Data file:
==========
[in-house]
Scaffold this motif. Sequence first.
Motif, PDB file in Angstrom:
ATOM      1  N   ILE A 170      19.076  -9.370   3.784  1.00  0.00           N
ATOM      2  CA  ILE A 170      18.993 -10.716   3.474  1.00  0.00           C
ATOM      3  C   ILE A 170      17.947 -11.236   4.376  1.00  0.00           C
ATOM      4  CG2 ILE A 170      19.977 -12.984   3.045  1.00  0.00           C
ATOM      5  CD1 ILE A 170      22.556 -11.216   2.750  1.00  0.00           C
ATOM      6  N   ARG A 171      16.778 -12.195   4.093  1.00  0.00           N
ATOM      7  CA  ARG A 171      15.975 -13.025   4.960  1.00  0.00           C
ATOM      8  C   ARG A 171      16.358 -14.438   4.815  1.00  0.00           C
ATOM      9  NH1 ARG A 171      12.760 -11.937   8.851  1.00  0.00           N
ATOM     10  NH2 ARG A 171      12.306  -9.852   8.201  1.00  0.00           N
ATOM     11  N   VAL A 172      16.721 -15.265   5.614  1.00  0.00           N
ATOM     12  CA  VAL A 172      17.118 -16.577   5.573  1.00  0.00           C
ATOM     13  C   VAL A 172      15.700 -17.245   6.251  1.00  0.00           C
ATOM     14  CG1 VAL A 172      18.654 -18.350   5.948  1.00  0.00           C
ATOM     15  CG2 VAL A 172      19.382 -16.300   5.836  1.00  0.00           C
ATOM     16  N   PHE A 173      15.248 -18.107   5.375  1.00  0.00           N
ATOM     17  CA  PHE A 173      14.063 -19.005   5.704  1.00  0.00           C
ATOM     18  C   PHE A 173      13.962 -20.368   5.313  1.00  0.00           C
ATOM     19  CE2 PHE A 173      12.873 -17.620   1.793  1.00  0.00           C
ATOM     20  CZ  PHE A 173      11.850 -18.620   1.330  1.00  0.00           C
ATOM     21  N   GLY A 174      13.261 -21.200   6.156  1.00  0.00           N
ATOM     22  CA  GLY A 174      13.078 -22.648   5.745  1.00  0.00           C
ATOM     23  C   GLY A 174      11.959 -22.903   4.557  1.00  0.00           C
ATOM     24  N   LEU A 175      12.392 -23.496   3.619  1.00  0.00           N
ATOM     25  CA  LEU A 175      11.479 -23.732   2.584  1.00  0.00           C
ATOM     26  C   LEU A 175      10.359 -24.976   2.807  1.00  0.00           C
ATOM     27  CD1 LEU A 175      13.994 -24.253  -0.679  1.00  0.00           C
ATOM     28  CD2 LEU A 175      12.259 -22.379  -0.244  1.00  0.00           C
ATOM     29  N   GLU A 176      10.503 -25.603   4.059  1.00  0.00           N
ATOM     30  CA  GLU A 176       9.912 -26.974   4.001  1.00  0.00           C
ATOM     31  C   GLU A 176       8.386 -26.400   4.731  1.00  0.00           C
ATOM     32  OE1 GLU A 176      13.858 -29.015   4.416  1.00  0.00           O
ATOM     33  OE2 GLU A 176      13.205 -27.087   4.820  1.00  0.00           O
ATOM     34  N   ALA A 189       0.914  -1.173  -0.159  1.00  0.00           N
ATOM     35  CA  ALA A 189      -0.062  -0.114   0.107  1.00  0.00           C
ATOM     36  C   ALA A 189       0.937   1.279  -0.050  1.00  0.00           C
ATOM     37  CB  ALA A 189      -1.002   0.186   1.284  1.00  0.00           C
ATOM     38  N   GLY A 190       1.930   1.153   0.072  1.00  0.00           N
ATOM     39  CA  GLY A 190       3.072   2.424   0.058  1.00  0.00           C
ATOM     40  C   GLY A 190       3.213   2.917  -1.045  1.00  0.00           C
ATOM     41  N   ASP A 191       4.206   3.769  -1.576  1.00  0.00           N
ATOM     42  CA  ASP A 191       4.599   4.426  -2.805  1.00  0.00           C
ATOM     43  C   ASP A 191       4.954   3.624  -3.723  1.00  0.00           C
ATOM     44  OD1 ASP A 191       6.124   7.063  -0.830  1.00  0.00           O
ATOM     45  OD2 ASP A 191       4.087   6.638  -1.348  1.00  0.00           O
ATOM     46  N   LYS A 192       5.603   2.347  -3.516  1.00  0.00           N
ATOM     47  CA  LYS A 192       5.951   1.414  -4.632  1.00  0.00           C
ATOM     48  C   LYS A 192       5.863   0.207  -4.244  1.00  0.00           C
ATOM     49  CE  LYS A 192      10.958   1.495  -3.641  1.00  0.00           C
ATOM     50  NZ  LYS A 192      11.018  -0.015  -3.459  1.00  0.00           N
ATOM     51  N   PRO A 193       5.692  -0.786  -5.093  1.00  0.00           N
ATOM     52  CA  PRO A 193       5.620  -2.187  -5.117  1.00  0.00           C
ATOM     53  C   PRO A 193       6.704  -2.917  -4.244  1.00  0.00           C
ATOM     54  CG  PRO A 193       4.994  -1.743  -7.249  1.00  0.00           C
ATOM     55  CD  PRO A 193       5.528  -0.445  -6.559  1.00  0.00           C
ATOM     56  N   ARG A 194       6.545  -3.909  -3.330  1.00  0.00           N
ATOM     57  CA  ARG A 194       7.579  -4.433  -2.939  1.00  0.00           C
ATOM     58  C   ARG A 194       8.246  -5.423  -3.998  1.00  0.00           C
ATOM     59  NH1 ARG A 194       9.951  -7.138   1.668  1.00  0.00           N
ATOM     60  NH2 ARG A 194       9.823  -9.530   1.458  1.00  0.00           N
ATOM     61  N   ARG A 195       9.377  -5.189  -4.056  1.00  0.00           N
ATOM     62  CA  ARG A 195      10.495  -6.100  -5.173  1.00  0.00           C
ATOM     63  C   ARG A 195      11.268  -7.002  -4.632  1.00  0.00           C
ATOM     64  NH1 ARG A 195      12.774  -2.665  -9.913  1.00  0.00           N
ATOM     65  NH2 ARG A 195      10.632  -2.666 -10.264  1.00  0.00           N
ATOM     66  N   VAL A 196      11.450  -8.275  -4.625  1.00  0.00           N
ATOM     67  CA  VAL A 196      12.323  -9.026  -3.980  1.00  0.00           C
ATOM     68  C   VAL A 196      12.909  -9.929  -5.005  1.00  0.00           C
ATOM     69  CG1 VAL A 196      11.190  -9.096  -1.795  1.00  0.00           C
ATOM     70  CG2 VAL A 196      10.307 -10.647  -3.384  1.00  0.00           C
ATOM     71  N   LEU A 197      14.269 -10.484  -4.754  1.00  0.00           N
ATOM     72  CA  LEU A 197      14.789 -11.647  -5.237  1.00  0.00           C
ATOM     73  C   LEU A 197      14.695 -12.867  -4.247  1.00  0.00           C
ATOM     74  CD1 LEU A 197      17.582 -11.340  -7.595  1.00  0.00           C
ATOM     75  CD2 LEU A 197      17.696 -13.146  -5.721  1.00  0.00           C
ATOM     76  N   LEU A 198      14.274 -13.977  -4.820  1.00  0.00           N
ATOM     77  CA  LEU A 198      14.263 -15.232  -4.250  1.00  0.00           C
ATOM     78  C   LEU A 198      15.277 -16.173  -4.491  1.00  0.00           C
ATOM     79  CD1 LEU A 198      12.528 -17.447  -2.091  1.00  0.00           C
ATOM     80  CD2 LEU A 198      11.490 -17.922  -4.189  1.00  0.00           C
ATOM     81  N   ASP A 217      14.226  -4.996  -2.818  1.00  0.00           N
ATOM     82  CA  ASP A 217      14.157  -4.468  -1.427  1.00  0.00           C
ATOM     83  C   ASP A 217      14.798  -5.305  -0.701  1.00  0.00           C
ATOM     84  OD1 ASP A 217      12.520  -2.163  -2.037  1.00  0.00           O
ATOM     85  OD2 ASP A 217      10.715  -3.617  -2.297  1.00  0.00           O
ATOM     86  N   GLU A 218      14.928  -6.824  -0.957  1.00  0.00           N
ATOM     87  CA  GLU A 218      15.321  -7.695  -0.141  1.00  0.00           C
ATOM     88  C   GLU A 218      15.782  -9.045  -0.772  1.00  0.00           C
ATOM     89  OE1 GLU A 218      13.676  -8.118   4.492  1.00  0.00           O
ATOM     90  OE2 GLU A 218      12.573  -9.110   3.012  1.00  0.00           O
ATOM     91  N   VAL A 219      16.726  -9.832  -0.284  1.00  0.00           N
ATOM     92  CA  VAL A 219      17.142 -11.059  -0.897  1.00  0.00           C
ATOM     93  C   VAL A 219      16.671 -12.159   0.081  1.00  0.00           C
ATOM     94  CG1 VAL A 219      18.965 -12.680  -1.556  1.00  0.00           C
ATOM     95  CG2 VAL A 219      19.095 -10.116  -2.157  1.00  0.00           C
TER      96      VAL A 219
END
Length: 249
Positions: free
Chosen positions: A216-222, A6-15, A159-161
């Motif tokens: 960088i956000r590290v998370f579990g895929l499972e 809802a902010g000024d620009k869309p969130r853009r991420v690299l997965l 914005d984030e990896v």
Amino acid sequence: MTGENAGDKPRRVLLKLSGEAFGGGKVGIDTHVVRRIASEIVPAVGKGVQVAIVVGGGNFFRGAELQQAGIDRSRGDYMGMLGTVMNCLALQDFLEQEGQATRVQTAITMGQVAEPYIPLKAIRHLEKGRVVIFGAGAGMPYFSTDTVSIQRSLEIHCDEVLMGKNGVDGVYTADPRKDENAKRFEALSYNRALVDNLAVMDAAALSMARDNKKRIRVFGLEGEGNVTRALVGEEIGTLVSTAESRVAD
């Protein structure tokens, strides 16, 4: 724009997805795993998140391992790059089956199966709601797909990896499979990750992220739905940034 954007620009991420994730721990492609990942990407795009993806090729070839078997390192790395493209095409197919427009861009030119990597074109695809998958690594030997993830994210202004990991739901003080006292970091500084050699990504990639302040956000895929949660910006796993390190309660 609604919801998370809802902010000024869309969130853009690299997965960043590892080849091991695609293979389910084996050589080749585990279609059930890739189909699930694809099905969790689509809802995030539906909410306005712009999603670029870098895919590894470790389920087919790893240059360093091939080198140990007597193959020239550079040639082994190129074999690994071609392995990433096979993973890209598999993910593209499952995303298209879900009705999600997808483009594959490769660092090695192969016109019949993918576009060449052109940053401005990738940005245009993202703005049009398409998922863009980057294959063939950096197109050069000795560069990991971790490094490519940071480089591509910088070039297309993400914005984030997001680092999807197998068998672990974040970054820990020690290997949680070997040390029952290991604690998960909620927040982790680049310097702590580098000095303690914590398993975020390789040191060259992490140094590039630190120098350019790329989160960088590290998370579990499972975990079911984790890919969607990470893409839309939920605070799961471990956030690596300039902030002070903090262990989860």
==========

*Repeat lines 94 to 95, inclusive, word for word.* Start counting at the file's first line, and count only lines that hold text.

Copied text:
ATOM     91  N   VAL A 219      16.726  -9.832  -0.284  1.00  0.00           N
ATOM     92  CA  VAL A 219      17.142 -11.059  -0.897  1.00  0.00           C